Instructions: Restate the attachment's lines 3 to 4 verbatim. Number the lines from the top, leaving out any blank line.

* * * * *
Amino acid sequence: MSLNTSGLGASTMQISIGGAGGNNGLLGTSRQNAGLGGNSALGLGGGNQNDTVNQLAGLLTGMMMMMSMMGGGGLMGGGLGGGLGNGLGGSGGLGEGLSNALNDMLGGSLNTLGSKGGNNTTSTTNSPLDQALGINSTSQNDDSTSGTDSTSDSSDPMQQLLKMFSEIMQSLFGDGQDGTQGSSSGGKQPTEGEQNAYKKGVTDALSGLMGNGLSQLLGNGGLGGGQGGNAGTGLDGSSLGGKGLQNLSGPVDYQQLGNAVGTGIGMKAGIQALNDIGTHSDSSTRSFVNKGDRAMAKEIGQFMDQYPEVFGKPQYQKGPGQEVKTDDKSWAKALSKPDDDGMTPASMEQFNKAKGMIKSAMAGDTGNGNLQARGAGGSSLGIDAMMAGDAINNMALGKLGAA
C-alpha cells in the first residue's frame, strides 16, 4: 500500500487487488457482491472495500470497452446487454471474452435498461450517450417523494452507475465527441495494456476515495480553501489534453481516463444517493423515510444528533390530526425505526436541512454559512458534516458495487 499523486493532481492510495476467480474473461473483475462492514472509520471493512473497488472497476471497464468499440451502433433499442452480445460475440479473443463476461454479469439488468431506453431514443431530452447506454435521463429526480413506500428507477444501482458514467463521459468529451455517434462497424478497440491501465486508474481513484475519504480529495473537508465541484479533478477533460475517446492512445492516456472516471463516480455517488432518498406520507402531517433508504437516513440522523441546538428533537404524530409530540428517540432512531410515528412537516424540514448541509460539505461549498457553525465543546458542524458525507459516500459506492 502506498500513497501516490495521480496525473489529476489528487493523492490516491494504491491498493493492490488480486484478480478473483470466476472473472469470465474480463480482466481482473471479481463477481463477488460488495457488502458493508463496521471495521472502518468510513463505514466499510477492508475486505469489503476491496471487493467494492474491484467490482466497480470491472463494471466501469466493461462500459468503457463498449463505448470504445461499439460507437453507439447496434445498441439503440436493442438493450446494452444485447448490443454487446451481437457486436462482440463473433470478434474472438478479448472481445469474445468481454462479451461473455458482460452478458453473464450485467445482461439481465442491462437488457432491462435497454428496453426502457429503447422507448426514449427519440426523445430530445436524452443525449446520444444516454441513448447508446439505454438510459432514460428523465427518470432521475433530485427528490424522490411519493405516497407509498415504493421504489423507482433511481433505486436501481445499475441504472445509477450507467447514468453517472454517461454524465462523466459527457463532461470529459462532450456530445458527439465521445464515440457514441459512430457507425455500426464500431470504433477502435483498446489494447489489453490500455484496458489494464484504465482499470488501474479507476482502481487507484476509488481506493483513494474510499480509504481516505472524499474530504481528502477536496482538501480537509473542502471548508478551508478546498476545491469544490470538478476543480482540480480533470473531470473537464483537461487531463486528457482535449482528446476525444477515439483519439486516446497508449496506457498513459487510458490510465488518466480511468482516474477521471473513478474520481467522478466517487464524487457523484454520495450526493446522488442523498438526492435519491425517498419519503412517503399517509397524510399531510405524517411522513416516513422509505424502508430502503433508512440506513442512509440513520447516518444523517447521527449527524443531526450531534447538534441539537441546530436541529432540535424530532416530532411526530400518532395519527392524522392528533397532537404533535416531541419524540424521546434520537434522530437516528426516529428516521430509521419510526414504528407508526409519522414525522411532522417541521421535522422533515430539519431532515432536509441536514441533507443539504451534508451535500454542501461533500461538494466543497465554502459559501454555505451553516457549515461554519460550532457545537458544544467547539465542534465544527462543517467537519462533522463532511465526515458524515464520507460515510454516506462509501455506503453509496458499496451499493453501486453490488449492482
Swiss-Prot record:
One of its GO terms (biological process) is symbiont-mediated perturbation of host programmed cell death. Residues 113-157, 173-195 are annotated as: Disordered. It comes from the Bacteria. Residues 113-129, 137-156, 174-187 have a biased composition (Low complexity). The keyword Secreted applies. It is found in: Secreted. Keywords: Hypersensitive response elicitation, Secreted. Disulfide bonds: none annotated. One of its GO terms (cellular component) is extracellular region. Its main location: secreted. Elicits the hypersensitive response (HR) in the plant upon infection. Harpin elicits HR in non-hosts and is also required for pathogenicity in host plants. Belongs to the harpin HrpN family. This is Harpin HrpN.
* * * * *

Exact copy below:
Swiss-Prot record:
One of its GO terms (biological process) is symbiont-mediated perturbation of host programmed cell death. Residues 113-157, 173-195 are annotated as: Disordered. It comes from the Bacteria. Residues 113-129, 137-156, 174-187 have a biased composition (Low complexity). The keyword Secreted applies. It is found in: Secreted. Keywords: Hypersensitive response elicitation, Secreted. Disulfide bonds: none annotated. One of its GO terms (cellular component) is extracellular region. Its main location: secreted. Elicits the hypersensitive response (HR) in the plant upon infection. Harpin elicits HR in non-hosts and is also required for pathogenicity in host plants. Belongs to the harpin HrpN family. This is Harpin HrpN.